by Maya J '16

The Force Awakens – And So Does a New Breed of Star Wars


I grew up on Star Wars – and yes, I am aware of the faint laughter I hear from “original” 1970s fans as I say that. But I’m as real a fan as a teenager in 2016 can be. My parents thankfully raised me on the original trilogy, and so when I heard that George Lucas had sold Star Wars to Disney, I cringed. I rolled my eyes at promotional merchandise and trailers and the spherical orange wannabe R2-D2.

But of course, on December 17th, I found myself at the premiere of Episode VII: The Force Awakens, robe-clad with lightsaber in tow.

The Force Awakens follows the journey of Rey, a spunky young heroine with a mysterious past from a sandy planet (eerily similar to Tatooine) and Finn, a rogue stormtrooper who abandons the totalitarian First Order (eerily similar to the Empire) amidst a galaxy-wide search for missing Jedi Luke Skywalker. The Resistance, headed by General Leia Organa (eerily similar to the Rebel Alliance) is seeking to destroy the First Order’s weapon of mass destruction, Starkiller Base (eerily similar to the Death Star). You get the idea.

So I’ll toss my review out there, even though everyone, their aunt, and their pet cats have already shared their opinions all over your Facebook feed. The Force Awakens met my expectations, which, granted, I kept pretty low, but I have to give J.J. Abrams credit for not completely trashing the saga. I appreciated the attempts at increasing diversity and breaking stereotypes, heavy-handed as they may have been. Leia is no longer a “princess,” but now a general. And Rey doesn’t need Finn’s help or affections to kick some serious butt in this movie. I’m all for a strong female lead, but we also don’t need J.J. Abrams hitting us over the head with how liberal his screenwriting is in every line of awkward Rey/Finn dialogue.

This is a Star Wars that does not take itself too seriously. One of the earmarks of the first 6 Star Wars movies was the fact that humor was limited to R2-D2’s antics, C-3PO’s flustered speech, and Han/Leia banter. The Force Awakens, however, gently makes fun of itself and is a lot more self-aware. This is not necessarily a bad thing at all, but just makes it feel like less of a classic Star Wars episode.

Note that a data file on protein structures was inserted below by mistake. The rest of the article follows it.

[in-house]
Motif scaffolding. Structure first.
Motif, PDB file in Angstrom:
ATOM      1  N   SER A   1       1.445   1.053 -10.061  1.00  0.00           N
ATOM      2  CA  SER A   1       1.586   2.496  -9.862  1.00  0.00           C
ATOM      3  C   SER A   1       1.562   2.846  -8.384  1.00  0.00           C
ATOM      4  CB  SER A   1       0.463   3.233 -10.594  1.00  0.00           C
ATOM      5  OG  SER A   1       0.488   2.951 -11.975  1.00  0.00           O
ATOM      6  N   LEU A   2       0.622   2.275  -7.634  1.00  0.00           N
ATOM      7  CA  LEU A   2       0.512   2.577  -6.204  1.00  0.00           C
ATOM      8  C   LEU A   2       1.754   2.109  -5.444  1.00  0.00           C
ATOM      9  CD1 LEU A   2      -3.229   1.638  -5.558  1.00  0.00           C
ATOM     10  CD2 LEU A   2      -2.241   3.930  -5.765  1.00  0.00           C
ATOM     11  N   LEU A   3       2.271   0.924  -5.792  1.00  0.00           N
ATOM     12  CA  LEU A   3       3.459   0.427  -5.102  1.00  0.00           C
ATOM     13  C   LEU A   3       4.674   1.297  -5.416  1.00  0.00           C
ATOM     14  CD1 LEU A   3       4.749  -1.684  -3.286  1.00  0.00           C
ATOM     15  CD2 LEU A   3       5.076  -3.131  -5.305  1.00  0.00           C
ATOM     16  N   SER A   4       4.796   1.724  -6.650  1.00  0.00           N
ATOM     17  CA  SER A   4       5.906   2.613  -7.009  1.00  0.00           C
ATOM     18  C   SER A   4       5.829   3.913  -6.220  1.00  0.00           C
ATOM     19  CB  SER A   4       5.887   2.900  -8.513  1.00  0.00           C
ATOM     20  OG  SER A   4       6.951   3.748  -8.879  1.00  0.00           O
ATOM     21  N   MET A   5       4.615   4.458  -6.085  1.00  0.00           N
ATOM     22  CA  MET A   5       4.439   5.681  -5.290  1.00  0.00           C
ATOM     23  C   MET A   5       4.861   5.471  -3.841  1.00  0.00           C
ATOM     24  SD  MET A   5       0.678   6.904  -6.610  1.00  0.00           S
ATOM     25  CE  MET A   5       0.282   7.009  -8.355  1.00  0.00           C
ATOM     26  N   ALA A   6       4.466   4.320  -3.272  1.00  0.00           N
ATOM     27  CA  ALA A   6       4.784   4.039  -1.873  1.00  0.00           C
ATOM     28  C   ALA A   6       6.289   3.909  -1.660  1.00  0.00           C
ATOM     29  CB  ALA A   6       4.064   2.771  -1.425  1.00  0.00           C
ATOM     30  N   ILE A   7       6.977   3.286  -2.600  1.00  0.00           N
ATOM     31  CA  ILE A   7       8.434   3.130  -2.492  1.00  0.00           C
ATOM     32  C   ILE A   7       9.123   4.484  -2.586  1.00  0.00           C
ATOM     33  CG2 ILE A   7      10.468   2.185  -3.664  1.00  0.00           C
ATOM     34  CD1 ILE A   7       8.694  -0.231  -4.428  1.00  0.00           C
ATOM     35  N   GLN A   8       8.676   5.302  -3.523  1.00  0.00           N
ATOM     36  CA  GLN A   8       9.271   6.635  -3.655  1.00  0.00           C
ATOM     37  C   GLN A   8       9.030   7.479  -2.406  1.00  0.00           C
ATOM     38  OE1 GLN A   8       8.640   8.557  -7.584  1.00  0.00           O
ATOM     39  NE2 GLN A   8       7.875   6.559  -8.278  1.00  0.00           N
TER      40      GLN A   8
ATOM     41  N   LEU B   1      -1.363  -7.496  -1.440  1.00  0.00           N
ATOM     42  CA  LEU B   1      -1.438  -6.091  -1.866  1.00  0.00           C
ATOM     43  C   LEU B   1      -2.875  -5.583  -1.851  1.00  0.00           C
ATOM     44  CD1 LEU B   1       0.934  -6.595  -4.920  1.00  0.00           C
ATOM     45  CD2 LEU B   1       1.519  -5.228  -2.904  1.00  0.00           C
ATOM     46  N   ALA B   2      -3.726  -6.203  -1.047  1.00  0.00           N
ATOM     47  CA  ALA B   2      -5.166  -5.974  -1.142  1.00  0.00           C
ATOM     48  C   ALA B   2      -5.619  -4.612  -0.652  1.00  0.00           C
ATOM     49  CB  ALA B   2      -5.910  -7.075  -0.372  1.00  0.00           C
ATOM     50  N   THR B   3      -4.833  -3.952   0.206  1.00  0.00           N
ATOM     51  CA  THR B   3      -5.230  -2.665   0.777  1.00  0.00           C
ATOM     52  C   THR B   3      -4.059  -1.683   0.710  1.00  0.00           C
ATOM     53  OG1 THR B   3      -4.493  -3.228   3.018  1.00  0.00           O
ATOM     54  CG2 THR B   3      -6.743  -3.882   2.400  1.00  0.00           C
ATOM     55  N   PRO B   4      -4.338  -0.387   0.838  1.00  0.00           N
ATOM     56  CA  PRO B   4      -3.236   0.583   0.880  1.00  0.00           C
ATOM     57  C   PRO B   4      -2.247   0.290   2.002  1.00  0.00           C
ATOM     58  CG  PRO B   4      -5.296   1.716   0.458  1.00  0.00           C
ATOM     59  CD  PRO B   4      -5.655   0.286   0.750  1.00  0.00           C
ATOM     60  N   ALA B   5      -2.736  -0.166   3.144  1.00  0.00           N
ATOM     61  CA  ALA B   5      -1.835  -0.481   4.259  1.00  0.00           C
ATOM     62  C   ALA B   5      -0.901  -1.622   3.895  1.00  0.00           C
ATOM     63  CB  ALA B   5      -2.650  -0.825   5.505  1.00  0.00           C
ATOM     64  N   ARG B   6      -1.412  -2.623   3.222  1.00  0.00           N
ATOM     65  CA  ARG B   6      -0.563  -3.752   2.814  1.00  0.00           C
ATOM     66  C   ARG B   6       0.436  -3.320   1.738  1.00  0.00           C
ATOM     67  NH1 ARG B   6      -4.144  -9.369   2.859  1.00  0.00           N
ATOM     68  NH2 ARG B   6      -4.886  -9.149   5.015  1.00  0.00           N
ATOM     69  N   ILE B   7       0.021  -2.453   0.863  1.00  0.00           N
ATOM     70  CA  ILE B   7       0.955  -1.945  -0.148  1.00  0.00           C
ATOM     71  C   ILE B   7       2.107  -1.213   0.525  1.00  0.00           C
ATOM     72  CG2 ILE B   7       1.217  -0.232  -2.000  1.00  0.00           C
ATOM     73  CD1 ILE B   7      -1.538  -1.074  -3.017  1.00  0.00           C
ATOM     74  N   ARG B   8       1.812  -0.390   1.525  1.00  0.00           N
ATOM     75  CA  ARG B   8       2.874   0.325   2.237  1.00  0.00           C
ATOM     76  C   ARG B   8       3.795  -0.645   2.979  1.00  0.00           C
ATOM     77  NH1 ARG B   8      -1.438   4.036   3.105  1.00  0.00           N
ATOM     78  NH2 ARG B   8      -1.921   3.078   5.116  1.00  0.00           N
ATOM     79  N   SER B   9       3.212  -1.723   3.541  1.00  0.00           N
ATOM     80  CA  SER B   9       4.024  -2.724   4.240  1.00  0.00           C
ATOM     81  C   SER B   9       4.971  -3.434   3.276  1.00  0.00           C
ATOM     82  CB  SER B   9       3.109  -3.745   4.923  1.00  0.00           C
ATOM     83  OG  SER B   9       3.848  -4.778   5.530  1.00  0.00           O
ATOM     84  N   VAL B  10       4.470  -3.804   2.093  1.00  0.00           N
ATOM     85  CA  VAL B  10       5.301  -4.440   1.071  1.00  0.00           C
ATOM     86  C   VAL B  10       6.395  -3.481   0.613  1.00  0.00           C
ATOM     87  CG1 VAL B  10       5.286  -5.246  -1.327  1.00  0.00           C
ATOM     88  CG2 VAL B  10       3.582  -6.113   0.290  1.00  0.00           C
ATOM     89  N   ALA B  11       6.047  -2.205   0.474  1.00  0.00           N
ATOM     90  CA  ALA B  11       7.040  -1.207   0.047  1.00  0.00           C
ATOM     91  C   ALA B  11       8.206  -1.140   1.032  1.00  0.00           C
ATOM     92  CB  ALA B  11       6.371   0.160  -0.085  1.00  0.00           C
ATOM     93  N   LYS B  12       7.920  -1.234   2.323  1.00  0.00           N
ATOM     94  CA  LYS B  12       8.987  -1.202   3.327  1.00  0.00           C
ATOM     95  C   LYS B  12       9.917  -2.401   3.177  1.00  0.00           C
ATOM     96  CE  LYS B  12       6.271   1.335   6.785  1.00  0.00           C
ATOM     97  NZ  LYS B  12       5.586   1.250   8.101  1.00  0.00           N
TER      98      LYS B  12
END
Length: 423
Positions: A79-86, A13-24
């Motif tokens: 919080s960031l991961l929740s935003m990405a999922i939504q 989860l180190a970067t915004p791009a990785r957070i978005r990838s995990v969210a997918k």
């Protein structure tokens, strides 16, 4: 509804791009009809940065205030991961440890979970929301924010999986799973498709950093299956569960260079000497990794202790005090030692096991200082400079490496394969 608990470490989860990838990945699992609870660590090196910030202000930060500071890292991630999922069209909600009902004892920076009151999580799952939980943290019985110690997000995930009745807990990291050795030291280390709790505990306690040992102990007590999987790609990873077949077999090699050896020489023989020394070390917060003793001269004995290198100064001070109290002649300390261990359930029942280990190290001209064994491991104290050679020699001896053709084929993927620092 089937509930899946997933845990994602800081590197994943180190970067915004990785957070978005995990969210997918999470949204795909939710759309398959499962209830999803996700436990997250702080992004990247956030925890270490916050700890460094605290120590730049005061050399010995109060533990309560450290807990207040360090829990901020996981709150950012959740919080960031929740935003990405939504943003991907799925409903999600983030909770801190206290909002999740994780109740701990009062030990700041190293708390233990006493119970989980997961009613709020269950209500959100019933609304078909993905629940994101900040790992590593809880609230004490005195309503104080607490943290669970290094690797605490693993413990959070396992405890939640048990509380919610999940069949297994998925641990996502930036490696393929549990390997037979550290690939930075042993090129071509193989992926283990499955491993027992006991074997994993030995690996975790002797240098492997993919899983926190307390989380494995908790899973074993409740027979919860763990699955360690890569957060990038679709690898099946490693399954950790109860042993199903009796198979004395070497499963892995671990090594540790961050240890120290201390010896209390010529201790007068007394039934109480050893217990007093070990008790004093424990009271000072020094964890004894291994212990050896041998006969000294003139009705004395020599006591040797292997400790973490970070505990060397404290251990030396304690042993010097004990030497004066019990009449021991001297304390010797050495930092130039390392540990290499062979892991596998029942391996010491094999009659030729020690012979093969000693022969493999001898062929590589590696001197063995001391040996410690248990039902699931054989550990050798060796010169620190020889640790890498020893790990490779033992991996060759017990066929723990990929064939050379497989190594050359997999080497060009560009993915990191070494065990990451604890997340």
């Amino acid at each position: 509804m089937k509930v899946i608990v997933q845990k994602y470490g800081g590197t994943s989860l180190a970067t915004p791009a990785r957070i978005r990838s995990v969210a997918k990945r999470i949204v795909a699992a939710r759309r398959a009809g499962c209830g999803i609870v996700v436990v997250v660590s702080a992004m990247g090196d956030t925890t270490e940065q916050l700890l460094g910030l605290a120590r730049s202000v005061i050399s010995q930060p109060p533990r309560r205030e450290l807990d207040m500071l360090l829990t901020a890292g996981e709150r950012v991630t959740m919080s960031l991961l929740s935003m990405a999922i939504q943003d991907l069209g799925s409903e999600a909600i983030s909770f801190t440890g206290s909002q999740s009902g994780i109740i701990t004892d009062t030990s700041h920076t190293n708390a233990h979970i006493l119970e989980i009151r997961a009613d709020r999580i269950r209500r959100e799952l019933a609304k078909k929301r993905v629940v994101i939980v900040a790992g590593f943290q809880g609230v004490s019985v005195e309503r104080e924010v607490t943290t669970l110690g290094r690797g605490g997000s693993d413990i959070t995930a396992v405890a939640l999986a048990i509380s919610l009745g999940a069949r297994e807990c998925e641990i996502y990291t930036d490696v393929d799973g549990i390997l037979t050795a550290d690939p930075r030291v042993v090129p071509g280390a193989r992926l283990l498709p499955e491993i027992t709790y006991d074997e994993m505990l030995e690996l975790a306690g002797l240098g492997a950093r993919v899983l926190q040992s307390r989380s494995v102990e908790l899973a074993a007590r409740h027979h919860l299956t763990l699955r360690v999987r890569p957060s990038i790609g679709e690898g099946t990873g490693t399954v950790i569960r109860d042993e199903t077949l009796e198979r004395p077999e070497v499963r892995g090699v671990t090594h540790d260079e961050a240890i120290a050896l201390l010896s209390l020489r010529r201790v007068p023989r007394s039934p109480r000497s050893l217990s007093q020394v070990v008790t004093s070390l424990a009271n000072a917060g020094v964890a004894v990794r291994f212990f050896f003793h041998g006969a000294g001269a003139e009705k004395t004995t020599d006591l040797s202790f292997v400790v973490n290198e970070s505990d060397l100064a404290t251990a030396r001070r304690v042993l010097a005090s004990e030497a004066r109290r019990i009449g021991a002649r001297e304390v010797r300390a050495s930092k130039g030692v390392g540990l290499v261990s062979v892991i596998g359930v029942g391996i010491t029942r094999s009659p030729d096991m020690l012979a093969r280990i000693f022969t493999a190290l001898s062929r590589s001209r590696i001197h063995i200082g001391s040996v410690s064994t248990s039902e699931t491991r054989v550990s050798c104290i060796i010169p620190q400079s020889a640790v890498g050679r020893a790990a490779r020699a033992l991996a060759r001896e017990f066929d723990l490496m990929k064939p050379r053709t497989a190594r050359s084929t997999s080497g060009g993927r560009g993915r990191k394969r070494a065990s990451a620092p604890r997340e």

The movie is pitched to nostalgic fans, but from my observation, has been most popular among newcomers to the franchise. The script is peppered with plenty of classic lines – “I’ve got a bad feeling about this” – but fans recognize that the movie is a better classified as an homage than as a new installment. If you feel extreme deja vu while watching it, remember that you’ve basically seen this movie before. The plot is very predictable and runs parallel to A New Hope. There’s a masked, morally-conflicted dark lord, Han/Chewie smuggling drama, and a scene in a cantina full of aliens. And (mild spoiler, although if you care about Star Wars I don’t know why you haven’t seen it by now) why on earth did someone think a third Death Star (let’s just call it what it is) was a good idea?! It didn’t work the first two times. Come on, bad guys. Get with the program.

I acknowledge that I wouldn’t be totally happy with any version of a new movie, so I can’t complain much. The Force Awakens is a good movie. I’m not sure it’s a great installment, but hey, if it’s better than The Phantom Menace, who knows what could happen with the next two?

Regardless, millennials, do yourselves a favor and watch the original trilogy and the prequels before watching this one. J.J. Abrams’ Star Wars movies aren’t the movies you’re looking for.


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